Don’t Get Caught in a Scammer’s Snare

It may be the most wonderful time of the year, but the holiday season is also one of the busiest times of the year for online scammers. The three common frauds scammers use to target consumers are online shopping scams, social media scams, and charity scams. FBI Omaha has some simple strategies that will help keep you from getting caught in a fraudster's snare.

For online shoppers, the old-adage “If it’s too good to be true, it is” should be top-of-mind. Scammers count on harried consumers looking for a deal to click on their phony phishing e mails and advertisements. But you can protect yourself.

Avoid untrustworthy sites or ads offering items at unrealistic discounts, or with special coupons. Fraudulent sites often end in .club or .top instead of .com. If you are not familiar with the site, research its name for reviews and complaints. Also, look for https in the URL before entering your credit card information.

Another strategy is to routinely check your credit card statements. Many fraudulent charges can show up even several weeks later. If possible, set up credit card transaction auto-alerts or check your balance after every online purchase.

It’s important to be proactive as you shop online, but be just as cautious when on social media platforms. Scammers are inundating those sites with special promotions and contests as another way to target your bank account.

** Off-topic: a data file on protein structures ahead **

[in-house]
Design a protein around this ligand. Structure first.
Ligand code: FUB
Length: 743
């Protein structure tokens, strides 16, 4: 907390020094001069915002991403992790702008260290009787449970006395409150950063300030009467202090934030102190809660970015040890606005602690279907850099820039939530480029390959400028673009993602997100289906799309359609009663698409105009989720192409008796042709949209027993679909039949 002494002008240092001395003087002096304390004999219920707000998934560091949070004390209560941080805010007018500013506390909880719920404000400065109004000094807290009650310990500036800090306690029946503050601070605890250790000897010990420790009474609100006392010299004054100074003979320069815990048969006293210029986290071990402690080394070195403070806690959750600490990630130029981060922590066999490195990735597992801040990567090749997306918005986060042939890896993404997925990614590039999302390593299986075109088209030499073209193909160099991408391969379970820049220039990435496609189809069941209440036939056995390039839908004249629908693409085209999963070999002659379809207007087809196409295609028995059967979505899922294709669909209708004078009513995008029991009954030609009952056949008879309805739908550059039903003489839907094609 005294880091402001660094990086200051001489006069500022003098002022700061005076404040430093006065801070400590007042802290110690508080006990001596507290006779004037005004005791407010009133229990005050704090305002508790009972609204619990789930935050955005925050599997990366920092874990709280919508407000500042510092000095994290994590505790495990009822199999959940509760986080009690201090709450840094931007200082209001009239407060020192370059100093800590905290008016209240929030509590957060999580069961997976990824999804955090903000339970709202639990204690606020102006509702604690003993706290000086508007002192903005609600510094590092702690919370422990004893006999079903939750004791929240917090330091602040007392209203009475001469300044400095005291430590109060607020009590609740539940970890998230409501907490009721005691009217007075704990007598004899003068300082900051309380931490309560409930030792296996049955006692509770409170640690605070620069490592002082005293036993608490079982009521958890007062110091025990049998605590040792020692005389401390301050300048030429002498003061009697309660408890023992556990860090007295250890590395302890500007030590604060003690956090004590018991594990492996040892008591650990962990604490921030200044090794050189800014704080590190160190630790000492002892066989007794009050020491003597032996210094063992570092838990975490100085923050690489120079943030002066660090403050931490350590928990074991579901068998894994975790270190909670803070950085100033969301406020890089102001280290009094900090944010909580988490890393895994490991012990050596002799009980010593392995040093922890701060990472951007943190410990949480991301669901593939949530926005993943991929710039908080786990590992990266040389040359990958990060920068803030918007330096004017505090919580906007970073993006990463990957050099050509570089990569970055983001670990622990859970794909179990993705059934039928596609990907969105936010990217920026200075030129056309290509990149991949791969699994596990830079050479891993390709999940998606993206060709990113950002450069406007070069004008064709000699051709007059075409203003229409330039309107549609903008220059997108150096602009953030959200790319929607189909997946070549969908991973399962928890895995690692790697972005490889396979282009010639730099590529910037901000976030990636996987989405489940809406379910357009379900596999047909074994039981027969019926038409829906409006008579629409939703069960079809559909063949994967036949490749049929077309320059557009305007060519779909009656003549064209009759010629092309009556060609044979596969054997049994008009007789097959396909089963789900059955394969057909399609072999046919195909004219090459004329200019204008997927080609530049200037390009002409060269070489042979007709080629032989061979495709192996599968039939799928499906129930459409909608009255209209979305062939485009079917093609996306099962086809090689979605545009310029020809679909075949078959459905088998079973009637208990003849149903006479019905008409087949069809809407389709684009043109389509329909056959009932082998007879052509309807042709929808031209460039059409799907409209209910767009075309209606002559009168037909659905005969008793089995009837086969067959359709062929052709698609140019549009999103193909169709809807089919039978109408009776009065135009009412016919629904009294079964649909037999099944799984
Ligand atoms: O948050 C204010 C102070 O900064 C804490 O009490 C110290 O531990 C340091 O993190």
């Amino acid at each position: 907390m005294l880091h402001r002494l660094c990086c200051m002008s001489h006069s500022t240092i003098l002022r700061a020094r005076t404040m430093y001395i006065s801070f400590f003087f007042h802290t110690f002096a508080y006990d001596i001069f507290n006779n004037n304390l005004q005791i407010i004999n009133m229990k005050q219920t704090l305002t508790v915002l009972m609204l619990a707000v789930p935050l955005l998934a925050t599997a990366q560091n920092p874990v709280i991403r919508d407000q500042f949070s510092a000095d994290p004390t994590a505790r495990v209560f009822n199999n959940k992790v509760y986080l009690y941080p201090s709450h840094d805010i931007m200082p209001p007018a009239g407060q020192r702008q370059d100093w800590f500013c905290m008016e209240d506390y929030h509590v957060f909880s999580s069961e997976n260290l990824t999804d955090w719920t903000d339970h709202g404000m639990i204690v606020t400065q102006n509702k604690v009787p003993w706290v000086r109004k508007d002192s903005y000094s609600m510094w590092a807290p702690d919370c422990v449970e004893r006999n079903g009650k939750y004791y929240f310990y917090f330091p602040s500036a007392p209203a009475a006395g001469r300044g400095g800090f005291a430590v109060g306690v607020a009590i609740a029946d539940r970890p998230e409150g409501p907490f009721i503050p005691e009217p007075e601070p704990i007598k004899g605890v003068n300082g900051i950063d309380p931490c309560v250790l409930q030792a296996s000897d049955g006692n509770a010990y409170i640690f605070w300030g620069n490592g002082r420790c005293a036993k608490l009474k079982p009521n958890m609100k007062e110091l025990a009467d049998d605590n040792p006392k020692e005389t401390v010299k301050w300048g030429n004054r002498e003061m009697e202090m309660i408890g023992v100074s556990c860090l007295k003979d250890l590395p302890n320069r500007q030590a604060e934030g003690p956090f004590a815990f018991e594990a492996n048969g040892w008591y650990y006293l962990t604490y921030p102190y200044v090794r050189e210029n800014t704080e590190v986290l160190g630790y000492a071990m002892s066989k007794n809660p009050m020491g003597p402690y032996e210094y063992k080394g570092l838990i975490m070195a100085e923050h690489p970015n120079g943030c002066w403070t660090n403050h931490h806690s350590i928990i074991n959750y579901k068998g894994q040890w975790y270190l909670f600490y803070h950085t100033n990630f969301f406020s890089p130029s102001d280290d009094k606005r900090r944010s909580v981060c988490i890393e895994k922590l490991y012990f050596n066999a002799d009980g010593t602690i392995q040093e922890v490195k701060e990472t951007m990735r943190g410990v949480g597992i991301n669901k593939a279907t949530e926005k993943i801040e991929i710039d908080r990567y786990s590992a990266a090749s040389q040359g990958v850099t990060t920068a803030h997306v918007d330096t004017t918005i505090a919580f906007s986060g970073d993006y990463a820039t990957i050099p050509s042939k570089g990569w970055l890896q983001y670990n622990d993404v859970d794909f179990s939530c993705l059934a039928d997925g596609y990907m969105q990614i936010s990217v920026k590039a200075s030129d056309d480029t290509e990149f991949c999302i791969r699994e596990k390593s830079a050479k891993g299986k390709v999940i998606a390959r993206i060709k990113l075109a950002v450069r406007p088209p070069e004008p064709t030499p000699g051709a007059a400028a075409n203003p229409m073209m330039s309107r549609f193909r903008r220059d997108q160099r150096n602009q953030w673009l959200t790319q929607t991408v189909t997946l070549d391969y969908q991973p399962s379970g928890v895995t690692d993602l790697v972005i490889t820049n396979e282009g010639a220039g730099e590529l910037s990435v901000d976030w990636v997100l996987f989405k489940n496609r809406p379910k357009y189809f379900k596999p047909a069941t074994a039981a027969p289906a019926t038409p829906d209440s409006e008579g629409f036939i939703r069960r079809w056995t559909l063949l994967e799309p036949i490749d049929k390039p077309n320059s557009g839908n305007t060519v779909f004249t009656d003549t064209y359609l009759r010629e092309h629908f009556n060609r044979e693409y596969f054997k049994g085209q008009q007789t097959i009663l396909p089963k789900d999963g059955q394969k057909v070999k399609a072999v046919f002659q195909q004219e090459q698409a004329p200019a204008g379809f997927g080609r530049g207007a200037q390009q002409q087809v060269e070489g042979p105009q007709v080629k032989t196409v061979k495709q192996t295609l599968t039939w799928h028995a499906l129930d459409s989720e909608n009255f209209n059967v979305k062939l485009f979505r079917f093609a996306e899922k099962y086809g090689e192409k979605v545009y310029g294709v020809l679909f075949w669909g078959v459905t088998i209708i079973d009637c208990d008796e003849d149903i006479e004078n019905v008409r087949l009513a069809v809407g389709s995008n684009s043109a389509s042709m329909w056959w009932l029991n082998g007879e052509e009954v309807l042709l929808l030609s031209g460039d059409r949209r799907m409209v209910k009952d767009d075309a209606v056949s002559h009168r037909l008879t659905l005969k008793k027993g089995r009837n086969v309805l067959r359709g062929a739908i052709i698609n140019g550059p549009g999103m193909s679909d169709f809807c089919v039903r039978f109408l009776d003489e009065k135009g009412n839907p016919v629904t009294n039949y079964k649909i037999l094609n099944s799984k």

Always beware of posts that appear to offer vouchers or gift cards. Often, these are scams that ask you to participate in an online survey. They are really designed to steal your personal information.

Keep a watchful eye on your email. Don’t click on links contained in unsolicited email. Avoid filling out forms in email messages that ask for personal information. Be cautious of email claiming to contain pictures in attached files. Those files could contain a virus. Only open attachments from people you know. We all like to get holiday mail—just be cautious when it’s email that you weren’t expecting.

Charity related fraud is also on the rise during the holiday season. Scammers try to take advantage of those who want to make end-of-the-year donations. Doing a little research will make sure your donation supports a legitimate charity.

Charity scams are set up and designed to make it easy for you to donate money. Before you give, keep in mind legitimate charities do not solicit donations via money transfer services or ask for donations via gift cards.

If you are not familiar with a charity, search its name plus “complaint” or “rating” to see if fraud has been reported. Beware of organizations with copycat names similar to genuine charities. Most reputable charity websites use .org, not .com.

Finally, make contributions directly, never through a third party. Pay with your credit card or check. Don’t give cash donations.

If you think you have been a victim of online fraud, report it at or call 1-800-CALL-FBI.

Learn more about how to avoid scammers.